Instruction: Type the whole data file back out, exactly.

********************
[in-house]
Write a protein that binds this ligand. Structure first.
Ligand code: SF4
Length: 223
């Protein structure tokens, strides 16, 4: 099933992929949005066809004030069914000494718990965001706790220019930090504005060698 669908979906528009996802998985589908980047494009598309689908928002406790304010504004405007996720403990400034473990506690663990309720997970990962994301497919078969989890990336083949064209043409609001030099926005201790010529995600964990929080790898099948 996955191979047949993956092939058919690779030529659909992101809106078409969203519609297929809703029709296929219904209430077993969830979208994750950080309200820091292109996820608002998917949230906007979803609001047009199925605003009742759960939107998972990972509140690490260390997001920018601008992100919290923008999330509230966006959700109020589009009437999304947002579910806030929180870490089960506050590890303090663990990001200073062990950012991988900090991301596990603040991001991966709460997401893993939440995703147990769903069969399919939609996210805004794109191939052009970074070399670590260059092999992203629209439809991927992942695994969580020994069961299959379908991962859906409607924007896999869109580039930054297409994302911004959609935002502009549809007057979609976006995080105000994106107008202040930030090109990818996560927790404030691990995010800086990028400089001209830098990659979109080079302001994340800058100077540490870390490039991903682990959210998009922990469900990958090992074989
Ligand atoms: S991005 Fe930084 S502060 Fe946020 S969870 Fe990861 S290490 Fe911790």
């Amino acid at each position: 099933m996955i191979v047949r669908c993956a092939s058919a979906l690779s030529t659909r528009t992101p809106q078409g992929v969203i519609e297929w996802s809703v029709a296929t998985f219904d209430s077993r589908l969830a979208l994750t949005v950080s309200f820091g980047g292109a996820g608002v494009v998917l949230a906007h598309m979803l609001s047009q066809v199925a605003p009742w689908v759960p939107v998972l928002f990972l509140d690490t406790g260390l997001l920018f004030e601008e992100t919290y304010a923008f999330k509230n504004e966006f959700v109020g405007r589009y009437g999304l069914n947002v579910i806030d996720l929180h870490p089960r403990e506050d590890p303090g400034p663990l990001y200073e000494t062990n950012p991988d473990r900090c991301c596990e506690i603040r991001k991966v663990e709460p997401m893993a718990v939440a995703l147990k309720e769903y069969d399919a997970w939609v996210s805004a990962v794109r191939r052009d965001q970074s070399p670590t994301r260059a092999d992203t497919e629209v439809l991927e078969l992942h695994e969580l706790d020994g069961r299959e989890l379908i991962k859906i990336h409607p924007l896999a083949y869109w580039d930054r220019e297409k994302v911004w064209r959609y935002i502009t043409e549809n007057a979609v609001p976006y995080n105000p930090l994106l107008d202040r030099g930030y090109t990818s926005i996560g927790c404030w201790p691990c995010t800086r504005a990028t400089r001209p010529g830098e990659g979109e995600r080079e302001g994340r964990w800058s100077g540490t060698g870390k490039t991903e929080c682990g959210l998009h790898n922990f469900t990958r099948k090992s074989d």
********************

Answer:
[in-house]
Write a protein that binds this ligand. Structure first.
Ligand code: SF4
Length: 223
């Protein structure tokens, strides 16, 4: 099933992929949005066809004030069914000494718990965001706790220019930090504005060698 669908979906528009996802998985589908980047494009598309689908928002406790304010504004405007996720403990400034473990506690663990309720997970990962994301497919078969989890990336083949064209043409609001030099926005201790010529995600964990929080790898099948 996955191979047949993956092939058919690779030529659909992101809106078409969203519609297929809703029709296929219904209430077993969830979208994750950080309200820091292109996820608002998917949230906007979803609001047009199925605003009742759960939107998972990972509140690490260390997001920018601008992100919290923008999330509230966006959700109020589009009437999304947002579910806030929180870490089960506050590890303090663990990001200073062990950012991988900090991301596990603040991001991966709460997401893993939440995703147990769903069969399919939609996210805004794109191939052009970074070399670590260059092999992203629209439809991927992942695994969580020994069961299959379908991962859906409607924007896999869109580039930054297409994302911004959609935002502009549809007057979609976006995080105000994106107008202040930030090109990818996560927790404030691990995010800086990028400089001209830098990659979109080079302001994340800058100077540490870390490039991903682990959210998009922990469900990958090992074989
Ligand atoms: S991005 Fe930084 S502060 Fe946020 S969870 Fe990861 S290490 Fe911790």
């Amino acid at each position: 099933m996955i191979v047949r669908c993956a092939s058919a979906l690779s030529t659909r528009t992101p809106q078409g992929v969203i519609e297929w996802s809703v029709a296929t998985f219904d209430s077993r589908l969830a979208l994750t949005v950080s309200f820091g980047g292109a996820g608002v494009v998917l949230a906007h598309m979803l609001s047009q066809v199925a605003p009742w689908v759960p939107v998972l928002f990972l509140d690490t406790g260390l997001l920018f004030e601008e992100t919290y304010a923008f999330k509230n504004e966006f959700v109020g405007r589009y009437g999304l069914n947002v579910i806030d996720l929180h870490p089960r403990e506050d590890p303090g400034p663990l990001y200073e000494t062990n950012p991988d473990r900090c991301c596990e506690i603040r991001k991966v663990e709460p997401m893993a718990v939440a995703l147990k309720e769903y069969d399919a997970w939609v996210s805004a990962v794109r191939r052009d965001q970074s070399p670590t994301r260059a092999d992203t497919e629209v439809l991927e078969l992942h695994e969580l706790d020994g069961r299959e989890l379908i991962k859906i990336h409607p924007l896999a083949y869109w580039d930054r220019e297409k994302v911004w064209r959609y935002i502009t043409e549809n007057a979609v609001p976006y995080n105000p930090l994106l107008d202040r030099g930030y090109t990818s926005i996560g927790c404030w201790p691990c995010t800086r504005a990028t400089r001209p010529g830098e990659g979109e995600r080079e302001g994340r964990w800058s100077g540490t060698g870390k490039t991903e929080c682990g959210l998009h790898n922990f469900t990958r099948k090992s074989d």